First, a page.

We may not have a platform in the mainstream news, but our families have a platform here and on other websites similar to Age of Autism.  But imagine if our stories were sought after and broadcasted like the twins’ story was.  Even if only one of our stories was aired on the nightly news, imagine what sort of difference it could make.  I don’t see that happening anytime soon.  The public’s ready to embrace all that autism includes.  The seizures.  The self-injurious behaviors.  The incontinence.  The unintelligible or non-existent speech.  If it’s still too much for some medical providers and educators and law makers to handle, how can we ask the general public to process any of it?  We can’t.  

So what do we do? 

We continue to tell our stories.  We tell them here and to people we meet.  We tell them until we’ve told them to everyone. 

While I’m doing that, I’ll be keeping my eye out for news stories that hint that autism is medical.  I’ll hope to see upbeat stories about severely affected kids like mine, but since I know I won’t find too many of those just yet, I’ll be happy to see more stories like the twins’ story.  It’s an important piece to share, and I do love seeing those kinds of news clips at the end of a long, trying day. 

At the end of the day, I want to see something hopeful, happy, and inspiring.  Even with the small twinge of jealousy that fell over me when the clip ended, I also felt hopeful, happy and inspired as well.  I saw pieces of myself in that video.  I saw pieces of Ronan and of our entire family, too.  The hard work.  The dedication.  The commitment.  That is us.  That is us every single minute of every single day.  I wish the family that was featured in the BBC all the best.  Truly.  Because my goal is exactly theirs – to enhance my child’s quality of life, to bring his health back, and to help other parents in need along the way.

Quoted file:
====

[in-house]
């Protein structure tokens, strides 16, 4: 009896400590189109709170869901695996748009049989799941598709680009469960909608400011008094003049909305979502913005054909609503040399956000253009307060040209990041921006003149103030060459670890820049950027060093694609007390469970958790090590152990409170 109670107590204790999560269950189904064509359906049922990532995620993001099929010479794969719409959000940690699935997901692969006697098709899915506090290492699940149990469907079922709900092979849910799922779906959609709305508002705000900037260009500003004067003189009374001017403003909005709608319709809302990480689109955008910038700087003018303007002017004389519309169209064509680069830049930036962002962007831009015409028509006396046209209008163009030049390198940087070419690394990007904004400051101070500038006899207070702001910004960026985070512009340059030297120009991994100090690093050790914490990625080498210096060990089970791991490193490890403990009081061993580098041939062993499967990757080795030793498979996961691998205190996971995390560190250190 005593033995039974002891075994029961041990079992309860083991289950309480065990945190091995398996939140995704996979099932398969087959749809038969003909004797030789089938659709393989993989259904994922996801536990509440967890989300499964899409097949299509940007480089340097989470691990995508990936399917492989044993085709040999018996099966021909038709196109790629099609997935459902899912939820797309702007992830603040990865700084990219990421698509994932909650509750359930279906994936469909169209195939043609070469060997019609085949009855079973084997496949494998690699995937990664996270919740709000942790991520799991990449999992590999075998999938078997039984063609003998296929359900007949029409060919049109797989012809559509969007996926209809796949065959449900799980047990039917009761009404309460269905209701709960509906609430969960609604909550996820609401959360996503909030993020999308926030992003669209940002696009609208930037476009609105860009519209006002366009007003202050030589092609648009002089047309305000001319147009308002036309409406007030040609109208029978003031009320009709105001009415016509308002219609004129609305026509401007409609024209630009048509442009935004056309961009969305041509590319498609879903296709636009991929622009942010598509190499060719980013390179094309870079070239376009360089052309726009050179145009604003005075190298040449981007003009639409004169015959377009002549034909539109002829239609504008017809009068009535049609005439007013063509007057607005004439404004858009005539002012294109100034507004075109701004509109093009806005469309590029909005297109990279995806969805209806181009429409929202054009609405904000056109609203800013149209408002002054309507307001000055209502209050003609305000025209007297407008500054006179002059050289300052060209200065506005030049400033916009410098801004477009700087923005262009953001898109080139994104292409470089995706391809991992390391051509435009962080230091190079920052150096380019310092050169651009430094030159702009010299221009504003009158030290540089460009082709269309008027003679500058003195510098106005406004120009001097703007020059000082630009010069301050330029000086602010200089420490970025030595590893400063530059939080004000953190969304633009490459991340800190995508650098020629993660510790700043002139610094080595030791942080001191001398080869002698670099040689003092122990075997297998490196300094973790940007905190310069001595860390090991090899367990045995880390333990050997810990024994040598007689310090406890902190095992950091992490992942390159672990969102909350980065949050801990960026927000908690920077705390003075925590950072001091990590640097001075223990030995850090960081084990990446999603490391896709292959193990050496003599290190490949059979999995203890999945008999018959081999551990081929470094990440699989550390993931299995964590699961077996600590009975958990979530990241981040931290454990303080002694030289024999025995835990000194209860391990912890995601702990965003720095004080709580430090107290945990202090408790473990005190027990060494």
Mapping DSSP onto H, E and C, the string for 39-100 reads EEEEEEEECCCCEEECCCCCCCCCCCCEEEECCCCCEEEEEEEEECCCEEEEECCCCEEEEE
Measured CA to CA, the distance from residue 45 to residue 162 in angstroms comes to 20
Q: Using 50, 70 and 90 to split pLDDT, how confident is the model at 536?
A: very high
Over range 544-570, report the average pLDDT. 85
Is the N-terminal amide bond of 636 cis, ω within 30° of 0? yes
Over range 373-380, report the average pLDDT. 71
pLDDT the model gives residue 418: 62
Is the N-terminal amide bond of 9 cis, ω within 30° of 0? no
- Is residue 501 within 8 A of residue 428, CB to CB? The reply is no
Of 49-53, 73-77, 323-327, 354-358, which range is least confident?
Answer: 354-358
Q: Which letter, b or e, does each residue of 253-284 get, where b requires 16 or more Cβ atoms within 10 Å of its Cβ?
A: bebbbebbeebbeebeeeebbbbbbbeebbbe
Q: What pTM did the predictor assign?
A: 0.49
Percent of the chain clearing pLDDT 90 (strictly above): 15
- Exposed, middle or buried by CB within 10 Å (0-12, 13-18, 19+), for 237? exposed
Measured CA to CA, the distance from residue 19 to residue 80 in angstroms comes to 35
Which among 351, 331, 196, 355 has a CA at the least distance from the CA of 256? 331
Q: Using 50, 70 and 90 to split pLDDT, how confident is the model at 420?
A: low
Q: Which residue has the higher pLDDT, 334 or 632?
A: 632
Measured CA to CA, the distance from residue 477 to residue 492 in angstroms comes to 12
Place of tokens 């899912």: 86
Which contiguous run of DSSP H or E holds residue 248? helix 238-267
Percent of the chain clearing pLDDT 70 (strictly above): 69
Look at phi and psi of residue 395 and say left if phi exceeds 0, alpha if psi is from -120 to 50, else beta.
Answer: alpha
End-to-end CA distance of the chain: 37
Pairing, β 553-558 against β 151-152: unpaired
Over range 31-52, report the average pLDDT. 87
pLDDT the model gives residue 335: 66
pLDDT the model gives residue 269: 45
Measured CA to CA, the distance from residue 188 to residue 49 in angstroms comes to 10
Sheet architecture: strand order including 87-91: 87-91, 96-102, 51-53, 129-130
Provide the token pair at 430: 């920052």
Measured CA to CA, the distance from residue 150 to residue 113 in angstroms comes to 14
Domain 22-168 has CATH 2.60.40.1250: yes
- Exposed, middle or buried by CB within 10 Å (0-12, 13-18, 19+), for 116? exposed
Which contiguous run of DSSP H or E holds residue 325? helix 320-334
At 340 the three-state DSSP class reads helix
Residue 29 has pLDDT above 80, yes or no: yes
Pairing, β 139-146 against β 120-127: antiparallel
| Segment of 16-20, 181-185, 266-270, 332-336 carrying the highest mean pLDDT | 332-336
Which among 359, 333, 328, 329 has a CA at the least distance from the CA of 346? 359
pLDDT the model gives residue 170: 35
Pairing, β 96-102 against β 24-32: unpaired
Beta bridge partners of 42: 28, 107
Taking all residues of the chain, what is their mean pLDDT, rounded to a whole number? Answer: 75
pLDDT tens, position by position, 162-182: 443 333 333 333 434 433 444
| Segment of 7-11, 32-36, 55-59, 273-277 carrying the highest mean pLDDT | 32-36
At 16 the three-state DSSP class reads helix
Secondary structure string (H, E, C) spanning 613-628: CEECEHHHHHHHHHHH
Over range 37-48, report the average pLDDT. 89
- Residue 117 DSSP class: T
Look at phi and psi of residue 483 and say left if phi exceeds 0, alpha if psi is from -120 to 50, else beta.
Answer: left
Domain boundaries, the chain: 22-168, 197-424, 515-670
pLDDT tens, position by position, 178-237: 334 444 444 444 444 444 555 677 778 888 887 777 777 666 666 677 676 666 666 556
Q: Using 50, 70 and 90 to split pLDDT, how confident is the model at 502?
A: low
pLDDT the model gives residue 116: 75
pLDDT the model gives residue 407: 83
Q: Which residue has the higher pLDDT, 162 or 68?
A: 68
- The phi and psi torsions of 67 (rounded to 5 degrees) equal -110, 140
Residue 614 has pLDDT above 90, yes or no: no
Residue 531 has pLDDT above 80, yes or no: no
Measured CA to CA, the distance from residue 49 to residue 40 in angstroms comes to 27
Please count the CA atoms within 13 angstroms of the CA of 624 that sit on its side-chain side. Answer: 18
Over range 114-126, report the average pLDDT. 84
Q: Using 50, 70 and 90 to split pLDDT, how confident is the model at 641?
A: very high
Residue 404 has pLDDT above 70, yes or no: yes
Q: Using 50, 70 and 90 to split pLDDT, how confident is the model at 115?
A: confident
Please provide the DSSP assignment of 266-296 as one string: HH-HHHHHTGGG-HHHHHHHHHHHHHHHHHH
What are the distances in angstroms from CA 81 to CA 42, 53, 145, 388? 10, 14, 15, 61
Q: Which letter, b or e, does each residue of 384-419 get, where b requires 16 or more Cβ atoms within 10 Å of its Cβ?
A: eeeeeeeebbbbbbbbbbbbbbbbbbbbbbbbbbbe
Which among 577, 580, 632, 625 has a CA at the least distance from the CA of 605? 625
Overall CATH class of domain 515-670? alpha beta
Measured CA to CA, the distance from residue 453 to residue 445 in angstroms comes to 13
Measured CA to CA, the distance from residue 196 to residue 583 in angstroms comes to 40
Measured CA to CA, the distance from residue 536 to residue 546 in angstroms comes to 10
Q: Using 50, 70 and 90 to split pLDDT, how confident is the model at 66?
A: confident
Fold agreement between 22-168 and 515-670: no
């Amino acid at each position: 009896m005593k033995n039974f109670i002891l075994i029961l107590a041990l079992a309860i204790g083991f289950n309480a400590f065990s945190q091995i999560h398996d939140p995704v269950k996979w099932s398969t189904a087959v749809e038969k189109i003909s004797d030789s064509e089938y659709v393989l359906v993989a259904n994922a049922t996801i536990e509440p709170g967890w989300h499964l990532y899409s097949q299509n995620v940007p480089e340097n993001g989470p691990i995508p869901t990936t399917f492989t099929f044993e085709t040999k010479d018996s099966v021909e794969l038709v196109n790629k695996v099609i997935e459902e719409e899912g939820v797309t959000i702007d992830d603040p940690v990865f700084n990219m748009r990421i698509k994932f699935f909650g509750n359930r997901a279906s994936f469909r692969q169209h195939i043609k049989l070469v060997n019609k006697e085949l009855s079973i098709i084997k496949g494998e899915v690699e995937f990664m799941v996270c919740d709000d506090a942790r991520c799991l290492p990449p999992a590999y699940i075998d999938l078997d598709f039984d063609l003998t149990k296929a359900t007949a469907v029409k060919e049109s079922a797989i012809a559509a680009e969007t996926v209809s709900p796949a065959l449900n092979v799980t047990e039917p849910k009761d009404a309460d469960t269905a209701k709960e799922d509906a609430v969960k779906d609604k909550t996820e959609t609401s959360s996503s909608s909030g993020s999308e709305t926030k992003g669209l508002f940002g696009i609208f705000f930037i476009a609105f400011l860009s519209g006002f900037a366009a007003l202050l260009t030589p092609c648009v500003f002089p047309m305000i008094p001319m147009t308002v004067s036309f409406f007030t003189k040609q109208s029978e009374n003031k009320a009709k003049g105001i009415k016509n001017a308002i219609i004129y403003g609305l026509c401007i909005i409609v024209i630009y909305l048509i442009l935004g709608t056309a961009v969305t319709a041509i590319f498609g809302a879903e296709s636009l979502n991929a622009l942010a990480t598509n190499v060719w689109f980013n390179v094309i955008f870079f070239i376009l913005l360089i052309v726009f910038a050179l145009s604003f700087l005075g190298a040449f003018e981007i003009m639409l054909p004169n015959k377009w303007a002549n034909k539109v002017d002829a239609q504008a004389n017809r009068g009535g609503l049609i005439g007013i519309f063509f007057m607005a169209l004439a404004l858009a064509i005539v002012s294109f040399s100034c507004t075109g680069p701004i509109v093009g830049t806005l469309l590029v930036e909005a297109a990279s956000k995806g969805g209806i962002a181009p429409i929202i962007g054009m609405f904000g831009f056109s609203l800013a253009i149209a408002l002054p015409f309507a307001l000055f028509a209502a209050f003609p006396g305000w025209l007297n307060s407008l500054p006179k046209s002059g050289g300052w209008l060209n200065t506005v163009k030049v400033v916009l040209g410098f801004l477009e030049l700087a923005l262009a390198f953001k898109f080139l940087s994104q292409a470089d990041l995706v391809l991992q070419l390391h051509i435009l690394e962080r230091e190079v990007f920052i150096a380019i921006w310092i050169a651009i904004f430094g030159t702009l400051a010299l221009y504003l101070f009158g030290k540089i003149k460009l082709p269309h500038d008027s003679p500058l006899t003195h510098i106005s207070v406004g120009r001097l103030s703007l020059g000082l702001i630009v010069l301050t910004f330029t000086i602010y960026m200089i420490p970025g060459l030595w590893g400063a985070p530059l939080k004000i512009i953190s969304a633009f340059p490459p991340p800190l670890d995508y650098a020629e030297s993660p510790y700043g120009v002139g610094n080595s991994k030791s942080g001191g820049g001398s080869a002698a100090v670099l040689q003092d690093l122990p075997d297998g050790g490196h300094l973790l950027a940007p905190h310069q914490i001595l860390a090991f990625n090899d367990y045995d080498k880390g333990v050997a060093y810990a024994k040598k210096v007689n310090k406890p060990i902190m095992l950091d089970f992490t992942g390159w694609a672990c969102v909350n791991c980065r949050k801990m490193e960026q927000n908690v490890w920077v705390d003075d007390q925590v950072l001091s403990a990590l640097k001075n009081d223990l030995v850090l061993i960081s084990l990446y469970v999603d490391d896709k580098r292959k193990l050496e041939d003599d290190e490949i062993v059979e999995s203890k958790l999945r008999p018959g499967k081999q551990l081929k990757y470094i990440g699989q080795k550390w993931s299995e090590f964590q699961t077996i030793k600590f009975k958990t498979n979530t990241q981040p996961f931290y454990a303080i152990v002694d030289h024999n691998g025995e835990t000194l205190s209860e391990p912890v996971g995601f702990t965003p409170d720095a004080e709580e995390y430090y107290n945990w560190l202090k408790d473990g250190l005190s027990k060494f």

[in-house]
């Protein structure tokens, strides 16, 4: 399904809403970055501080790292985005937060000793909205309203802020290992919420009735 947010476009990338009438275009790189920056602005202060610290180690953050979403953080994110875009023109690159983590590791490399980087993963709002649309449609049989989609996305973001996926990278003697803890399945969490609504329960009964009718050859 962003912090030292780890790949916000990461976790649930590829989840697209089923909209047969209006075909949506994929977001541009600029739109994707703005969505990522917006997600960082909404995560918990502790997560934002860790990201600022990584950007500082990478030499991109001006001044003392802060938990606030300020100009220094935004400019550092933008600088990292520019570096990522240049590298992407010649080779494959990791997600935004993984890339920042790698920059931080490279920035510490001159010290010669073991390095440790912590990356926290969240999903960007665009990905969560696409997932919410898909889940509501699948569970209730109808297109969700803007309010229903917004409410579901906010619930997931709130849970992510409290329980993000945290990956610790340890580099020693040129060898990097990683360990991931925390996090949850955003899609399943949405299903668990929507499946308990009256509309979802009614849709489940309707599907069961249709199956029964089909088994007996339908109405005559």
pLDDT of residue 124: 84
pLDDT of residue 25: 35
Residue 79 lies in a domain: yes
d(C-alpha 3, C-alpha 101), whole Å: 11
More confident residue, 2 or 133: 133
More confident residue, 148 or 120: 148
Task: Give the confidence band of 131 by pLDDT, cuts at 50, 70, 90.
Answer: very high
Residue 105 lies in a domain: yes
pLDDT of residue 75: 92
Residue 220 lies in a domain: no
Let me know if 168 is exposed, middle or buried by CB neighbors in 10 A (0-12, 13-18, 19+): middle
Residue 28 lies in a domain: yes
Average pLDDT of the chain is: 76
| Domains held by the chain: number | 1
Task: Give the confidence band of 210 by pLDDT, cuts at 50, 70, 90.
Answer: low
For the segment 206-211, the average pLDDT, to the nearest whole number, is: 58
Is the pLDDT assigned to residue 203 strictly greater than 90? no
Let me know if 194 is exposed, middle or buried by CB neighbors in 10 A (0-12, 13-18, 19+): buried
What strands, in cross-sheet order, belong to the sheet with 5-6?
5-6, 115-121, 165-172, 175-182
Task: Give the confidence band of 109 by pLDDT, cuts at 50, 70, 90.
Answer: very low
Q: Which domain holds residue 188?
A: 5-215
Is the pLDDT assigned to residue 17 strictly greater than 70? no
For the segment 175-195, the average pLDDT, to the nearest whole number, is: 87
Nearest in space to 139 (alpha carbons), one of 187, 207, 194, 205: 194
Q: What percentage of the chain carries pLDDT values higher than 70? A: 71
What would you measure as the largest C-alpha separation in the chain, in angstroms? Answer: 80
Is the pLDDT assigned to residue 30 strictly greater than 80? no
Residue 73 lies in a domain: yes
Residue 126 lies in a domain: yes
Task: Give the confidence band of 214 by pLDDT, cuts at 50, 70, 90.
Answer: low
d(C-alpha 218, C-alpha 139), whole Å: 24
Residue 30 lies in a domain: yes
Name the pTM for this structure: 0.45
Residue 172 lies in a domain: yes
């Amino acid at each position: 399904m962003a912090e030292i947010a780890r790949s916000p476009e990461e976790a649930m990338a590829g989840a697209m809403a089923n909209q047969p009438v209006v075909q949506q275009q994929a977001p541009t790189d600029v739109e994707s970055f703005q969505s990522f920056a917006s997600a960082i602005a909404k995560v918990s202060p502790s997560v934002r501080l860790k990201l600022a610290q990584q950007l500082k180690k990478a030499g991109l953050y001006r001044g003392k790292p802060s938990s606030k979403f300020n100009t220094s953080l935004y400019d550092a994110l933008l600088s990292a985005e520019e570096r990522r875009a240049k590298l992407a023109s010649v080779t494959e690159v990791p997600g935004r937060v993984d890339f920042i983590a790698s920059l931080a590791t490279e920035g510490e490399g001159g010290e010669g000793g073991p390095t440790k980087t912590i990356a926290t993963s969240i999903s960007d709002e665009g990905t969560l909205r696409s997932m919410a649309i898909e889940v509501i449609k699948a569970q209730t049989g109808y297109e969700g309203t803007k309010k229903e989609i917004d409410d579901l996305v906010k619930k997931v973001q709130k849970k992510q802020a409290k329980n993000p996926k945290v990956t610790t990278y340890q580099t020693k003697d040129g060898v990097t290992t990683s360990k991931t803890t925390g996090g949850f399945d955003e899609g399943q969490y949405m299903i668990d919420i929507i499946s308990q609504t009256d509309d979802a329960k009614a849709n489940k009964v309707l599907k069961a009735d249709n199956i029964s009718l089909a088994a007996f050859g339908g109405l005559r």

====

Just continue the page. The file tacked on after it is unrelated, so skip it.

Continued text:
Cathy Jameson is a Contributing Editor for Age of Autism. 



The video of these twins which mentions their hearing problems, brings to mind the importance to perceiver with language engagement and training before the age of five, even if no progress appears at he time. There is a critical window in early childhood for them to develop Prefrontal Synthesis (PFS). Without this they will never develop any language skills — even if, their autism improves later. Leaving them with a very low IQ (<70). The following explains this better than I can.

"To understand the importance of PFS, consider these two sentences: "A dog bit my friend" and "My friend bit a dog." It is impossible to distinguish the difference in meaning using words or grammar alone, since both words and grammatical structure are identical in these two sentences. Understanding the difference in meaning and appreciating the misfortune of the 1st sentence and the humor of the 2nd sentence depends on the listener's ability to juxtapose the two mental objects: the friend and the dog. Only after the PFC forms the two different images in front of the mind's eye, are we able to understand the difference between the two sentences. Similarly, nested explanations, such as "a snake on the boulder to the left of the tall tree that is behind the hill," force listeners to use PFS to combine objects (a snake, the boulder, the tree, and the hill) into a novel scene. Flexible object combination and nesting (otherwise known as recursion) are characteristic features of all human languages”.

The full article here:

And how it applies to ASD:
Children shape their learning environment—the case of language acquisition in children with ASD

Finally. I found these depressing statistics:
31% per year of children become non verbal and thus develop lifelong intellectual disability.
Cost: $ ~10M lifetime for support/assisted living per child.
This equates to $ 200B/yr for Medicaid plus $ 200B/yr due to non-productivity